## Appendix В: Stress Load Calculations for Beams

S pan tables, like the one in Appendix A, will serve for roof design with most structures. With heavy roofs, such as earth roofs, adequate tables are very hard to find. This Appendix shows how to check the girders and rafters in a heavy roof design for shear and bending. Once you have followed through […]

## Appendix A: Span Tables

Using Span Tables Table One is an abbreviated version of Table R502.3.1(2), from the International Residential Code for One — and Two — Family Dwellings. This particular table, just one of many in IRC codebook, is for floor joist spans for common lumber species, and assumes that we are designing for a residential living area […]

## The Finished Room

Following are some views (Figures 5.41-5.45) and details of the completed sunroom. Jaki and I are glad that we have gained a beautiful new room as a result of this book… realizing that we wouldn’t have built it otherwise! In case you’re curious, the materials cost was about \$4,000, or \$20 per square foot. We […]

## Closing In

With the timber framing completed, it was time to fill in the wall panels. We used the small lower panels beneath the windows as training panels for students at the building school, but, as we got higher, Jaki and I pandered to a dream which wehave had for a long time: to make the most […]

## The Earth Roof

In the previous chapter, I told of the double-roof system, with false or secondary rafters over the real ones, and insulation as the filling of a plank sandwich. But the new sunroom extends the shallow 1:12 slope of the main house, and we wanted to continue out with the earth roof. If plank-and-beam is my […]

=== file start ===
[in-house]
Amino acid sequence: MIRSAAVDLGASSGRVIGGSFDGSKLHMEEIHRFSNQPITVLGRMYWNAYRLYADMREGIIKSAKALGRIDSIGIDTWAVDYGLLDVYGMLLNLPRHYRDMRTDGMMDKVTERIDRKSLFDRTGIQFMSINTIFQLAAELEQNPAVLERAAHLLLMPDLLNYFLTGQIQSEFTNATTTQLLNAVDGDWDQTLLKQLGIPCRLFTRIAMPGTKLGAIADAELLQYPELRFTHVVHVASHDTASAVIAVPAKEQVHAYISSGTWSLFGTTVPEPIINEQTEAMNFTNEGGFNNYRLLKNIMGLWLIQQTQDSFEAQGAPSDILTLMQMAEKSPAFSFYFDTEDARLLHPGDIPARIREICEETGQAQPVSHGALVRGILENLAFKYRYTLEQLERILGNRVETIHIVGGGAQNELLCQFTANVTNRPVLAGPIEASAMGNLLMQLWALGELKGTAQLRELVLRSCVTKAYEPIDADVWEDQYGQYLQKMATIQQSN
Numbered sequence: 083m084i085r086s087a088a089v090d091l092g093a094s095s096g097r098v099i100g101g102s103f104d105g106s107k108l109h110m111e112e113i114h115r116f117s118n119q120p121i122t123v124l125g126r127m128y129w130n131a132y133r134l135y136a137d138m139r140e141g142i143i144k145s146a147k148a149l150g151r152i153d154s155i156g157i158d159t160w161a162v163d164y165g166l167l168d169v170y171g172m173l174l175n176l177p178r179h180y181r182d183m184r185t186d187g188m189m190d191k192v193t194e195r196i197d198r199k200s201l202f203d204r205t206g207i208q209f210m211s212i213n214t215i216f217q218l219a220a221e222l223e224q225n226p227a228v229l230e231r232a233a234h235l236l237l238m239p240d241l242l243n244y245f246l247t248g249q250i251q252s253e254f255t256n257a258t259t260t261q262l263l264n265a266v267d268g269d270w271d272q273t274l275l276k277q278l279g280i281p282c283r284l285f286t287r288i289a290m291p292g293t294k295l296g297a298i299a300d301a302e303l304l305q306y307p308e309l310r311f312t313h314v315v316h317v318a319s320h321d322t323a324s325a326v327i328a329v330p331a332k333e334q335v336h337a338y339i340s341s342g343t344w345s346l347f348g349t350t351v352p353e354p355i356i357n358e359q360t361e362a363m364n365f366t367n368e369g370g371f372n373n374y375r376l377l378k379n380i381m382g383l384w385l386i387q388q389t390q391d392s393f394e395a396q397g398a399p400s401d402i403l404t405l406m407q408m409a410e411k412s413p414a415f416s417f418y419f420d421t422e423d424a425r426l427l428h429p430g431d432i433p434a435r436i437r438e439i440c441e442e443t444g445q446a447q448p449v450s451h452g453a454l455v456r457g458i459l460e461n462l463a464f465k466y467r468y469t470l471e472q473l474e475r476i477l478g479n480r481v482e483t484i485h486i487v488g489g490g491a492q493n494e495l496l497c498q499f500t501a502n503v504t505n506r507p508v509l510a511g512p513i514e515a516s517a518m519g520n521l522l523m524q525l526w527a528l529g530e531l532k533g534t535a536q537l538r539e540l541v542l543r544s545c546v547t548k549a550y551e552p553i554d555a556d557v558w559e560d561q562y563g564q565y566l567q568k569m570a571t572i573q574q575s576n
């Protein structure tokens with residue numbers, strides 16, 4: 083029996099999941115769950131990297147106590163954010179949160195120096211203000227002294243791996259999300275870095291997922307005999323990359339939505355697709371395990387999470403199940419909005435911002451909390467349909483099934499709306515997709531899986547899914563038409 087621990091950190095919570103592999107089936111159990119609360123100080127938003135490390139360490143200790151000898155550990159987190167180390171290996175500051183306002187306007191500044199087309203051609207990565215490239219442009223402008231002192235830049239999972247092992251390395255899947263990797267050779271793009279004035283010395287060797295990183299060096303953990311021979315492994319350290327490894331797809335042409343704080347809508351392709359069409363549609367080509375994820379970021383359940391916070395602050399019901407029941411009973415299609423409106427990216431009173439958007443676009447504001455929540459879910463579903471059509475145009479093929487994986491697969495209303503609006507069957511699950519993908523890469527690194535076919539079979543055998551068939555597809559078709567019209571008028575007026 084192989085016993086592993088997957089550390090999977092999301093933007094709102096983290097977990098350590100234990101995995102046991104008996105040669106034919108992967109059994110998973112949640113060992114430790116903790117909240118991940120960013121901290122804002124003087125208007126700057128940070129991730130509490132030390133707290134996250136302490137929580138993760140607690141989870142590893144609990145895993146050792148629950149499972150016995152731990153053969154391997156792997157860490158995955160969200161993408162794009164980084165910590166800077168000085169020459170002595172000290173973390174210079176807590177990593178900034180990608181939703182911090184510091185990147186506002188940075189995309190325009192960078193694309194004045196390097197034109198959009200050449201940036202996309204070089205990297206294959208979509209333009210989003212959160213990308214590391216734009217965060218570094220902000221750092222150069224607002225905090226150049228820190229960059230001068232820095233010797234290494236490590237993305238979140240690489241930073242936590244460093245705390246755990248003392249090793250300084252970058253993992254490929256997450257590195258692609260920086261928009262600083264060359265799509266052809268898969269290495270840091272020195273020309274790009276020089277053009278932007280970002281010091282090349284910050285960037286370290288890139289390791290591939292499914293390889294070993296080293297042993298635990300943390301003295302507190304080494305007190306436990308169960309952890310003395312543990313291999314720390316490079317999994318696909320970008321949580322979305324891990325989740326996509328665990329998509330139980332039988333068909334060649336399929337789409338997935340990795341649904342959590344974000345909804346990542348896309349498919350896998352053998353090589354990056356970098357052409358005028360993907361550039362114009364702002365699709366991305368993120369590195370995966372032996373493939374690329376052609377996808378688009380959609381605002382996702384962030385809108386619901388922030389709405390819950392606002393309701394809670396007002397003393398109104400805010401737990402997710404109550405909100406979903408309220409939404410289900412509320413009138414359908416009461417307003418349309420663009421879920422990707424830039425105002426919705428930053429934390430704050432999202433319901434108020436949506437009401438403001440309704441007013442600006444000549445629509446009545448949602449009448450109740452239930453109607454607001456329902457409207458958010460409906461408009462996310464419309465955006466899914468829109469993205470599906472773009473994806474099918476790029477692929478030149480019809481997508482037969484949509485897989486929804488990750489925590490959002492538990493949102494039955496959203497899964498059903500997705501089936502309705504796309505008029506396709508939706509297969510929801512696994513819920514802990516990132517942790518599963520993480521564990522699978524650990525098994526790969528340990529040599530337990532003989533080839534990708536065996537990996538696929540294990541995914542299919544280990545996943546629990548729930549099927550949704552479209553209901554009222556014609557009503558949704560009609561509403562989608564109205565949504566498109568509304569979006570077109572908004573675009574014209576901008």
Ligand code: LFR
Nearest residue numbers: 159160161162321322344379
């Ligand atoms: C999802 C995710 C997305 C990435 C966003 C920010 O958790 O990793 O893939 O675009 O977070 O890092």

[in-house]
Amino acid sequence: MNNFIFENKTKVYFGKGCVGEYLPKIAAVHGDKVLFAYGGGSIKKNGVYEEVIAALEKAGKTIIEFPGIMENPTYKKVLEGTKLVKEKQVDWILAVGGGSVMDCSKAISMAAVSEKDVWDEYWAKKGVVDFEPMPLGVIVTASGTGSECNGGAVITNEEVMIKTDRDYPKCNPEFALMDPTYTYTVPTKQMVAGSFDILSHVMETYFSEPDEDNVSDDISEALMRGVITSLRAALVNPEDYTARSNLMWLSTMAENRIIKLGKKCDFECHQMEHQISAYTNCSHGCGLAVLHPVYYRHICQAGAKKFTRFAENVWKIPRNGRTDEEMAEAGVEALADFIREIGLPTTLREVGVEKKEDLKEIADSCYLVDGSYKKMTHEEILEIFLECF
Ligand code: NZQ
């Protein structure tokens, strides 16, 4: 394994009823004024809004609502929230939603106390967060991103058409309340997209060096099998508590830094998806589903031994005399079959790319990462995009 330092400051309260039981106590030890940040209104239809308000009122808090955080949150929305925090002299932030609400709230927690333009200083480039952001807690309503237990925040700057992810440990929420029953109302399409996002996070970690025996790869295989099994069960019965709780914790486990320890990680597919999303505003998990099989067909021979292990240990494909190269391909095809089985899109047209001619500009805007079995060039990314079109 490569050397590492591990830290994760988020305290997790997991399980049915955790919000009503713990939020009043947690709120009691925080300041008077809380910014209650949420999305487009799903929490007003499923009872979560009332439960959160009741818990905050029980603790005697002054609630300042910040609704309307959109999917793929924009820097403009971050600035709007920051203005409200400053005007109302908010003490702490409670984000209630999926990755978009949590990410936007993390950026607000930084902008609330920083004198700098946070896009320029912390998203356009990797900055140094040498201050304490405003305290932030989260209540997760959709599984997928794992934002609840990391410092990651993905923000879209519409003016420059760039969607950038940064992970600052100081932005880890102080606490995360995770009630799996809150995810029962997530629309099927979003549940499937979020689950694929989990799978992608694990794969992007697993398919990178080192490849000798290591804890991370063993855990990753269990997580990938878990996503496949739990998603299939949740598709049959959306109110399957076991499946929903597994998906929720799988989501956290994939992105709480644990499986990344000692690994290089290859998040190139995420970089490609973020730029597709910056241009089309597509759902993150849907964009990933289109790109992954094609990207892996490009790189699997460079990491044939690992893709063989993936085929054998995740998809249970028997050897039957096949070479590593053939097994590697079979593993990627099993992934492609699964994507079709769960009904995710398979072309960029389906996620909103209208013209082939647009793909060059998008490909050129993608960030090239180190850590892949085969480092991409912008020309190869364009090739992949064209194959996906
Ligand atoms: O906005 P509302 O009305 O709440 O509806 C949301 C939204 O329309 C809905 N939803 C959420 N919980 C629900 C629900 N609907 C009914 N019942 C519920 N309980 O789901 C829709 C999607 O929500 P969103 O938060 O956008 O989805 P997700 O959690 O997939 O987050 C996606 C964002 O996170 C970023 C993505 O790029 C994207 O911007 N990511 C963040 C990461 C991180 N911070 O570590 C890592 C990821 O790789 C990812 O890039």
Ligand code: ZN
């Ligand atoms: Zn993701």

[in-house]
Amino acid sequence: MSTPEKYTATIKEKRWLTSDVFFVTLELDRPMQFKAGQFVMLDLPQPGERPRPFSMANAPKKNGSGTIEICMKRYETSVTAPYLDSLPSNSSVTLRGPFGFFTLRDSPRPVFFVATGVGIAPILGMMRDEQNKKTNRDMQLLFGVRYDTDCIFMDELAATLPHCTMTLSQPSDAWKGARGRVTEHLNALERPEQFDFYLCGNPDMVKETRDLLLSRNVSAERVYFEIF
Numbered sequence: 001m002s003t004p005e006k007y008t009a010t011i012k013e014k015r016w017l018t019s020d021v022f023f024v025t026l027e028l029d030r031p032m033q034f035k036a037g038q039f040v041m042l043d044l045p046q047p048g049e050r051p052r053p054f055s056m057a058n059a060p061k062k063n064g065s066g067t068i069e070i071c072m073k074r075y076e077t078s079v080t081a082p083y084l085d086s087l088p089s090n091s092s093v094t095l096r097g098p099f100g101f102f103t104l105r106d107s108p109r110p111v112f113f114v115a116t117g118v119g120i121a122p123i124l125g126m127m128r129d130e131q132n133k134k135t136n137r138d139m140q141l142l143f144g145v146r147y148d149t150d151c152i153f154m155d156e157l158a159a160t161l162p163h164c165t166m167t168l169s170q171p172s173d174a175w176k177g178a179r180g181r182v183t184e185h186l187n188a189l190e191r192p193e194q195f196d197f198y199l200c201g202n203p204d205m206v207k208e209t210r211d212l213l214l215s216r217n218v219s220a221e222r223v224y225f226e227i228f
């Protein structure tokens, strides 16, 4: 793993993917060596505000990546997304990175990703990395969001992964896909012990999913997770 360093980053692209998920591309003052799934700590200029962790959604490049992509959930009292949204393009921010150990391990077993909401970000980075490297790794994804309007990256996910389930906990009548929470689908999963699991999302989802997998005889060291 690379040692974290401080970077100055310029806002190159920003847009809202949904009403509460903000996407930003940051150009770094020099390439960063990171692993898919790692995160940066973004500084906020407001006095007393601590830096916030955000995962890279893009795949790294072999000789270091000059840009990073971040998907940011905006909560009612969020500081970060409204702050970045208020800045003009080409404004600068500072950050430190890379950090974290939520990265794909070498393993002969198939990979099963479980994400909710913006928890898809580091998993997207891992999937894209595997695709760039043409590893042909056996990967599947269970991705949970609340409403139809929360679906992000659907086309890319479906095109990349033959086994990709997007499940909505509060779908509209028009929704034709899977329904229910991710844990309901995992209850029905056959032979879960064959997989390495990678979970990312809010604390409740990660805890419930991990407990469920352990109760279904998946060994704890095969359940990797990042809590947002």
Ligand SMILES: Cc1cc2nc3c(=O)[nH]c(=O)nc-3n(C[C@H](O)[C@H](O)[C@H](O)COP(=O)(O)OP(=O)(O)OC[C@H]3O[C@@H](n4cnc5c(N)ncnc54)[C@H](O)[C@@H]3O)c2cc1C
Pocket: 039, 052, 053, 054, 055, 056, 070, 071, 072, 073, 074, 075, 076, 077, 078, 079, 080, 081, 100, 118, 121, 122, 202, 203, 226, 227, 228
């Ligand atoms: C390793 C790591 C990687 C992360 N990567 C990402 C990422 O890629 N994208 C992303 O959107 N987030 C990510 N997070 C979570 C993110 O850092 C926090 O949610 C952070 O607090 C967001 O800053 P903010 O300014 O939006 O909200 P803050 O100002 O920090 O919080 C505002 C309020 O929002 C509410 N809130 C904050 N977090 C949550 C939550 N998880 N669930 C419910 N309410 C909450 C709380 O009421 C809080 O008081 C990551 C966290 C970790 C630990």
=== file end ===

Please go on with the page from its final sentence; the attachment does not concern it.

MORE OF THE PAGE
## Planking the Roof

We used the same spruce two-by-six tongue-and-groove boards for the roof deck (sunroom ceiling) as we used for the floor. The most difficult part was tearing up a couple of feet of the earth roof on the house, so that we could marry the new roof to the old. I was pleased that the new […]

## A. Balance-Beam 0 Secondary Rafters

We had the same deck situation upstairs as downstairs: planking span was starting to get rather extreme about six feet from the main building. But, this time, we could use a simple and rather elegant solution not available downstairs: short secondary rafters. They are, I suppose, a kind of double cantilever, but 1 think the […]

## Installing the Five-by-Ten Rafters

As with the four-by-eight floor joists, we used two different methods of extending the five-by-ten radial roof rafters. The existing rafters, protected by a good overhang, were in excellent condition and extended between 18 and 23 inches (43.7 and 58.4 centimeters) from the cordwood walls. On the east and west rafters (which eventually would have […]

## Raising Heavy Timbers

Traditional timber framers will make all their bents ahead of time, and have them stacked in the proper order, waiting for the big day when plenty of help is gathered together for the raising. Lots of bodies wielding poles, as seen in Fig. 2.17, lift the bent to vertical. The poles can also act as […]

## There Are All Kinds of Ways to Cut a Beam

Chainsaw Fig. 5.25: Chainsaw. The author cuts a heavy timber supported at a convenient height by sawhorses. The saw cut can be no better than: 1. The accuracy with which the pencil marks are trans­posed to the timber. Use a good carpenter’s square and mark all around the timber, to make sure that — after […]